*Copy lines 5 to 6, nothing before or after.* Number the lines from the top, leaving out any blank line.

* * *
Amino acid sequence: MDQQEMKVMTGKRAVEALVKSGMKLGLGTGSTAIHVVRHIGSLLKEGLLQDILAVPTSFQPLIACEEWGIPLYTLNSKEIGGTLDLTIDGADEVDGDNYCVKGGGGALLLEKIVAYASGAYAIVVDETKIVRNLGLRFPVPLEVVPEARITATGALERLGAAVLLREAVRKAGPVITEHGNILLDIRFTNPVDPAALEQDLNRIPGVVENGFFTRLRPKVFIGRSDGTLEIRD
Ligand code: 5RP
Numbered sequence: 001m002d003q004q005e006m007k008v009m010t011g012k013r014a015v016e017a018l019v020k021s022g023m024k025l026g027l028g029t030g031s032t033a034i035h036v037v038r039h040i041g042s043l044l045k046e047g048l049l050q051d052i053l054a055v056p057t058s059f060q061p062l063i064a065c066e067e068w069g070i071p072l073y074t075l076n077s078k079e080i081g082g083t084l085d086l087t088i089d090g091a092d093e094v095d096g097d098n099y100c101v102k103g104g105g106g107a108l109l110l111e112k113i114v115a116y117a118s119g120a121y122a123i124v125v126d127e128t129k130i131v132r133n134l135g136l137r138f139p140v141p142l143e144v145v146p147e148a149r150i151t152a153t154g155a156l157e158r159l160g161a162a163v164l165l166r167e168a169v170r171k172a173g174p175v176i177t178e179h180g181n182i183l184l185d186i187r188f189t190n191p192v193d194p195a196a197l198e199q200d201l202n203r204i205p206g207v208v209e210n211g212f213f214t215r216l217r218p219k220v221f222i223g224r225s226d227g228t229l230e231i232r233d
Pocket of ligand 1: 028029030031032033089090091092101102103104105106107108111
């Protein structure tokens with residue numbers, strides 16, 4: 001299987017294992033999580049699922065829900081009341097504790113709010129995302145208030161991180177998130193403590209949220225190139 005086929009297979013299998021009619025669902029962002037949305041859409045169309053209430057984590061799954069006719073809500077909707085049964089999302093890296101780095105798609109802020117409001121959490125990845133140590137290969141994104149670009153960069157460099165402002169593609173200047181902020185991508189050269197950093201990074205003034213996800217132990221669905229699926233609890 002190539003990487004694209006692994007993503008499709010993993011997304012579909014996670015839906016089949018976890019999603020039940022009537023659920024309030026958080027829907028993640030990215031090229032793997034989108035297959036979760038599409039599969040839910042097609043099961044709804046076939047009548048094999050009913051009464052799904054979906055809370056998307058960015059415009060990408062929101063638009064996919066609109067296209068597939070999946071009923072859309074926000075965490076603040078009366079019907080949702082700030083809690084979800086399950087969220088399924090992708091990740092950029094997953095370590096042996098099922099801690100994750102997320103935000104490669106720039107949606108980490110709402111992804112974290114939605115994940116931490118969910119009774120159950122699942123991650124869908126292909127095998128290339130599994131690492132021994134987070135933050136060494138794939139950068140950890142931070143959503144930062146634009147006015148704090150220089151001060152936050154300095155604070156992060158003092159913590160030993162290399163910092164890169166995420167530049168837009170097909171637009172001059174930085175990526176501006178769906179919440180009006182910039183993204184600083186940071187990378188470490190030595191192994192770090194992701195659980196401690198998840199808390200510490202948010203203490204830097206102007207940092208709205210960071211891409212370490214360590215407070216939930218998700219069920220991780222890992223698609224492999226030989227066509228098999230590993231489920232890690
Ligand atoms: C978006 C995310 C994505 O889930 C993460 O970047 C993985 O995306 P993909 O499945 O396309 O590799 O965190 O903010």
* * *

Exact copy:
């Protein structure tokens with residue numbers, strides 16, 4: 001299987017294992033999580049699922065829900081009341097504790113709010129995302145208030161991180177998130193403590209949220225190139 005086929009297979013299998021009619025669902029962002037949305041859409045169309053209430057984590061799954069006719073809500077909707085049964089999302093890296101780095105798609109802020117409001121959490125990845133140590137290969141994104149670009153960069157460099165402002169593609173200047181902020185991508189050269197950093201990074205003034213996800217132990221669905229699926233609890 002190539003990487004694209006692994007993503008499709010993993011997304012579909014996670015839906016089949018976890019999603020039940022009537023659920024309030026958080027829907028993640030990215031090229032793997034989108035297959036979760038599409039599969040839910042097609043099961044709804046076939047009548048094999050009913051009464052799904054979906055809370056998307058960015059415009060990408062929101063638009064996919066609109067296209068597939070999946071009923072859309074926000075965490076603040078009366079019907080949702082700030083809690084979800086399950087969220088399924090992708091990740092950029094997953095370590096042996098099922099801690100994750102997320103935000104490669106720039107949606108980490110709402111992804112974290114939605115994940116931490118969910119009774120159950122699942123991650124869908126292909127095998128290339130599994131690492132021994134987070135933050136060494138794939139950068140950890142931070143959503144930062146634009147006015148704090150220089151001060152936050154300095155604070156992060158003092159913590160030993162290399163910092164890169166995420167530049168837009170097909171637009172001059174930085175990526176501006178769906179919440180009006182910039183993204184600083186940071187990378188470490190030595191192994192770090194992701195659980196401690198998840199808390200510490202948010203203490204830097206102007207940092208709205210960071211891409212370490214360590215407070216939930218998700219069920220991780222890992223698609224492999226030989227066509228098999230590993231489920232890690
Ligand atoms: C978006 C995310 C994505 O889930 C993460 O970047 C993985 O995306 P993909 O499945 O396309 O590799 O965190 O903010």